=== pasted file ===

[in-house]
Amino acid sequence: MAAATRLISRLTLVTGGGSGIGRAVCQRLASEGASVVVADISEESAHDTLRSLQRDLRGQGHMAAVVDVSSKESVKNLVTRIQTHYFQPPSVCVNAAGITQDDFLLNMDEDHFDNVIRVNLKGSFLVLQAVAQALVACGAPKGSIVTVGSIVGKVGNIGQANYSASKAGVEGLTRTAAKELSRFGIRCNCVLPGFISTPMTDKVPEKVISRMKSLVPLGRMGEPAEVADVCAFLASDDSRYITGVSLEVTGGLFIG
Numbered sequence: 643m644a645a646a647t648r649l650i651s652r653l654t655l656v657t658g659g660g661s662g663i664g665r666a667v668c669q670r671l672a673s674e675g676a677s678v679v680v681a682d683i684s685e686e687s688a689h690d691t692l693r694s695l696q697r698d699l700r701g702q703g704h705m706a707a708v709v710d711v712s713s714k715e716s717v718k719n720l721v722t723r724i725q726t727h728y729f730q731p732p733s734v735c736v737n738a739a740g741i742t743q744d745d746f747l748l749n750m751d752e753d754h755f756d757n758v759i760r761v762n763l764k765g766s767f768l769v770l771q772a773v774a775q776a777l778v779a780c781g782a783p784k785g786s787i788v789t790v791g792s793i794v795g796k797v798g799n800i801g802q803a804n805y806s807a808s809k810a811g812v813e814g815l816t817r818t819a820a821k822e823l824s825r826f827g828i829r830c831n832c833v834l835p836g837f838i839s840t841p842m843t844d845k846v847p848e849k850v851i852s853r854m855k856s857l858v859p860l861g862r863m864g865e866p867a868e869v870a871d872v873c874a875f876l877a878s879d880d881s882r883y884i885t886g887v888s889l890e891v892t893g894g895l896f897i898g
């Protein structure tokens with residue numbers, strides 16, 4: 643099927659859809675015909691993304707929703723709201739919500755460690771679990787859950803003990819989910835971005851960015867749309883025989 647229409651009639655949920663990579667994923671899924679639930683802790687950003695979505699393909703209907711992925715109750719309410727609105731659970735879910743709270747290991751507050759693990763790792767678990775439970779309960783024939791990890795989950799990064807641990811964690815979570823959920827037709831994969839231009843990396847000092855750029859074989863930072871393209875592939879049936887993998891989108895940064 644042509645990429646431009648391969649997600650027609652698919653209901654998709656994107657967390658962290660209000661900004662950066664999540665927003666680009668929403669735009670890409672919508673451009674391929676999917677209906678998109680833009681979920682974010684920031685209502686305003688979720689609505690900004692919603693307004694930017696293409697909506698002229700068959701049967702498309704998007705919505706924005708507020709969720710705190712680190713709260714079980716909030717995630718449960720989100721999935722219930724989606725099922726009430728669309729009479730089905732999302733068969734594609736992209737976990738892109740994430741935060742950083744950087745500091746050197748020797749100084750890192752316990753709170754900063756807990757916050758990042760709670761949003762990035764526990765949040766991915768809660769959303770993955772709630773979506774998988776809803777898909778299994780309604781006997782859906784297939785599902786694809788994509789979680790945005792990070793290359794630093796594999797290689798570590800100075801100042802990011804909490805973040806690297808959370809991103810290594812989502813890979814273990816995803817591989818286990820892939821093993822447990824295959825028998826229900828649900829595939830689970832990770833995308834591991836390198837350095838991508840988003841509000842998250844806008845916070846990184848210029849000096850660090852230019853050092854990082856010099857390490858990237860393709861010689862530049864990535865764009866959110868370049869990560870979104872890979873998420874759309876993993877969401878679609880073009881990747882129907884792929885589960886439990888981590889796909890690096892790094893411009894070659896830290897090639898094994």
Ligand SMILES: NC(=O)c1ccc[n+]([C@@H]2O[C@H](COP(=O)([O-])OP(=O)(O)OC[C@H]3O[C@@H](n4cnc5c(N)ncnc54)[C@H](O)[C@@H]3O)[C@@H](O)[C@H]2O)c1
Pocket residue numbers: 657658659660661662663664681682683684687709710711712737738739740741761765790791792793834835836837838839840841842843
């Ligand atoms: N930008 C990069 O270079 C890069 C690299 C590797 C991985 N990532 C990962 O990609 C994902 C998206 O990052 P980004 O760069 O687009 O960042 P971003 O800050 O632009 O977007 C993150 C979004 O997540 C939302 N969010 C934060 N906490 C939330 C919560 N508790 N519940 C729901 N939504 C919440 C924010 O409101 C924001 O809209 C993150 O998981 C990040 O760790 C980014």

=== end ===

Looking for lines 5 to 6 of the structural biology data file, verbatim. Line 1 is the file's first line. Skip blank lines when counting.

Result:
Ligand SMILES: NC(=O)c1ccc[n+]([C@@H]2O[C@H](COP(=O)([O-])OP(=O)(O)OC[C@H]3O[C@@H](n4cnc5c(N)ncnc54)[C@H](O)[C@@H]3O)[C@@H](O)[C@H]2O)c1
Pocket residue numbers: 657658659660661662663664681682683684687709710711712737738739740741761765790791792793834835836837838839840841842843